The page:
43 Wn.2d 353, BARBEE MILL COMPANY, Appellant, v. THE STATE OF WASHINGTON, Respondent

[No. 32302. Department One.      Supreme Court      September 29, 1953.]

BARBEE MILL COMPANY, Appellant, v. THE STATE OF
                     WASHINGTON, Respondent.1

[1] EVIDENCE - PRESUMPTIONS - OFFICIAL PROCEEDINGS OF OFFICERS. In the absence of evidence to the contrary, public officers are presumed to have performed their duties regularly and legally in compliance with controlling statutory provisions.

[2] PUBLIC LANDS - DISPOSAL OF LANDS OF UNITED STATES - SCHOOL LANDS - CONVEYANCE TO STATE - TITLE OF STATE. On an issue as to whether the state had established its title to certain land granted to the state by the Federal government for the support of agricultural colleges, it was not incumbent upon the state to prove that the triplicate originals of "Selection List No. 3," which included such land, were identical, two of them having been lost, since such triplicate originals were required by Rem. Rev. Stat., 7840, and it will be presumed that the officers charged with the duty of preparing them did so according to such requirements; and held that the state has the legal title to the land.

[3] CUSTOMS AND USAGES - EVIDENCE AS TO EXISTENCE OF CUSTOM. To establish the existence of a custom, it must be shown to be uniformly prevalent and universally observed; and the evidence to establish it must be clear and convincing, free from ambiguity, uncertainty, or variability.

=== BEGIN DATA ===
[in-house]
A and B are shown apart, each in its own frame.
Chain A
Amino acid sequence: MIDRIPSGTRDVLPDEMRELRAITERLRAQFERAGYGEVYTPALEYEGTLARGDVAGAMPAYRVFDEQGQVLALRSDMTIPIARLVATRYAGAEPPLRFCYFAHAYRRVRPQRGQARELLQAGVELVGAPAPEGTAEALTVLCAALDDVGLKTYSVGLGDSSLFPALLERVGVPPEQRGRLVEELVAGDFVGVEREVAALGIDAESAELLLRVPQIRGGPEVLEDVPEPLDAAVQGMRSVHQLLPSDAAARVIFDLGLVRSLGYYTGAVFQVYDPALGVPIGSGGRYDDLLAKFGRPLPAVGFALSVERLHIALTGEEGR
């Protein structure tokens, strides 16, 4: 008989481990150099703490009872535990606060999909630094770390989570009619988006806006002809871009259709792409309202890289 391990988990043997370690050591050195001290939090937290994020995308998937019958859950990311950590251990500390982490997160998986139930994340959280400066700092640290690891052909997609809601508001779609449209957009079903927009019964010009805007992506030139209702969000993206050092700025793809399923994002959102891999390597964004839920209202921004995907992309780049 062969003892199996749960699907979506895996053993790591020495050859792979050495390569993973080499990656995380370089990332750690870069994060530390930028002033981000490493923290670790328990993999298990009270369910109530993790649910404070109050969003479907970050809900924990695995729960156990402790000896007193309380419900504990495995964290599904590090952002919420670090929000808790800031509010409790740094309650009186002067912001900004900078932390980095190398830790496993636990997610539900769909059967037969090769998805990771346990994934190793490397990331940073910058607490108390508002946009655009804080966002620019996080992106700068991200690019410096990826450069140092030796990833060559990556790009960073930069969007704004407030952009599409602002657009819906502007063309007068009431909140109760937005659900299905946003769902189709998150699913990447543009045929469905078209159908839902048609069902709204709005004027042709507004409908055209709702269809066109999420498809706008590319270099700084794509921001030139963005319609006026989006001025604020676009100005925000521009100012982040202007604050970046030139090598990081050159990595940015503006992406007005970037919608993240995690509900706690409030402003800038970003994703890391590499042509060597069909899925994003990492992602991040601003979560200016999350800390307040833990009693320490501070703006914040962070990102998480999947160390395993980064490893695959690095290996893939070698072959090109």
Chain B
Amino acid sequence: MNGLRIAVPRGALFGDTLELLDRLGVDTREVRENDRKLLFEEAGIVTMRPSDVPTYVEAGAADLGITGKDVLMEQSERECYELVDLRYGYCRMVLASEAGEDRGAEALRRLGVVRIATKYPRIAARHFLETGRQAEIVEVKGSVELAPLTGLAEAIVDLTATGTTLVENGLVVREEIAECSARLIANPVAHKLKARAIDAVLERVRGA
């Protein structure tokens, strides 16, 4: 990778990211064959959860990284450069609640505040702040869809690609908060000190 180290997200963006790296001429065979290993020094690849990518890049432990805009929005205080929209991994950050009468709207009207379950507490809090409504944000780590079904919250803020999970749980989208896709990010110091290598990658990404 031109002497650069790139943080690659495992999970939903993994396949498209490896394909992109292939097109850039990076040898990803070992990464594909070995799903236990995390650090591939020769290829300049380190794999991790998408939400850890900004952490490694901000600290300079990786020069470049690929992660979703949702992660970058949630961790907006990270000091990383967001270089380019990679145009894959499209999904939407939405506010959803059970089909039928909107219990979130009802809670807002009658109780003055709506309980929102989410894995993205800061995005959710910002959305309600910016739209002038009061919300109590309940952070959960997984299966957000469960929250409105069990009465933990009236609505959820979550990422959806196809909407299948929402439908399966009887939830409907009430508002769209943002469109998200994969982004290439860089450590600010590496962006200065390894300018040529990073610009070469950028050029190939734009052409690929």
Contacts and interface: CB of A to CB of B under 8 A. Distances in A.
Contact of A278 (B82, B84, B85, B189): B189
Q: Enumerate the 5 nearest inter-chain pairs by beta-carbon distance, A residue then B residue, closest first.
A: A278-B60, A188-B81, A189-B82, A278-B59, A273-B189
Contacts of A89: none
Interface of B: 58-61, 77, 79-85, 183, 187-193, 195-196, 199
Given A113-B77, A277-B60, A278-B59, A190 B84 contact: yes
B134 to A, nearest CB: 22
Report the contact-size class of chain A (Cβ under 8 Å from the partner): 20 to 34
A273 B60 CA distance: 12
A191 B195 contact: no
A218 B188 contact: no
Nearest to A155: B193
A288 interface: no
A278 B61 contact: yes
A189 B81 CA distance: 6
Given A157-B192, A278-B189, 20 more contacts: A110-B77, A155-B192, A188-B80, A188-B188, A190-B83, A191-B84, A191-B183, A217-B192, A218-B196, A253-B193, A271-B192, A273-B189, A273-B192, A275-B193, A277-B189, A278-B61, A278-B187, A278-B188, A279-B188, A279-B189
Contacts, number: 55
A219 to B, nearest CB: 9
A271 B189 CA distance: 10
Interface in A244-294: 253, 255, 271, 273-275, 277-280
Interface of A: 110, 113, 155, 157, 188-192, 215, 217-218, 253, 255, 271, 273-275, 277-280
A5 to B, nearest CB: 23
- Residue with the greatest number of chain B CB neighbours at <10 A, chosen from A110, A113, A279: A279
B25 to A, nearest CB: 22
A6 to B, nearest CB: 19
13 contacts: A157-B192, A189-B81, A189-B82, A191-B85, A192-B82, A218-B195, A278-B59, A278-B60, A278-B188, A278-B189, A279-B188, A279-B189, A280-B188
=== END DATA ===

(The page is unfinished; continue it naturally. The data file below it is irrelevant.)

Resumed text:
[4] PUBLIC LANDS - SCHOOL LANDS - CONVEYANCE TO STATE - DUTY OF STATE TO RECORD. In the absence of a recording statute or of a custom or practice, the state did not have the duty to record its title to land granted by the Federal government to it for the support of agricultural colleges; hence, the state's failure to do so did not render its title void as against one who subsequently obtained a patent to the land from the Federal government.

[5] ESTOPPEL - EQUITABLE ESTOPPEL - GROUNDS OF ESTOPPEL - SILENCE. Where the state obtained title to land from the Federal government for the support of agricultural colleges, and subsequently a patent to the land was erroneously issued to a third party, the fact that, after having notice of the issuance of such patent, the state remained silent while such party paid taxes on the land, does not estop the state from asserting its title as against him; since the state had no duty to record its title and hence there is no breach of duty upon which estoppel could be predicated.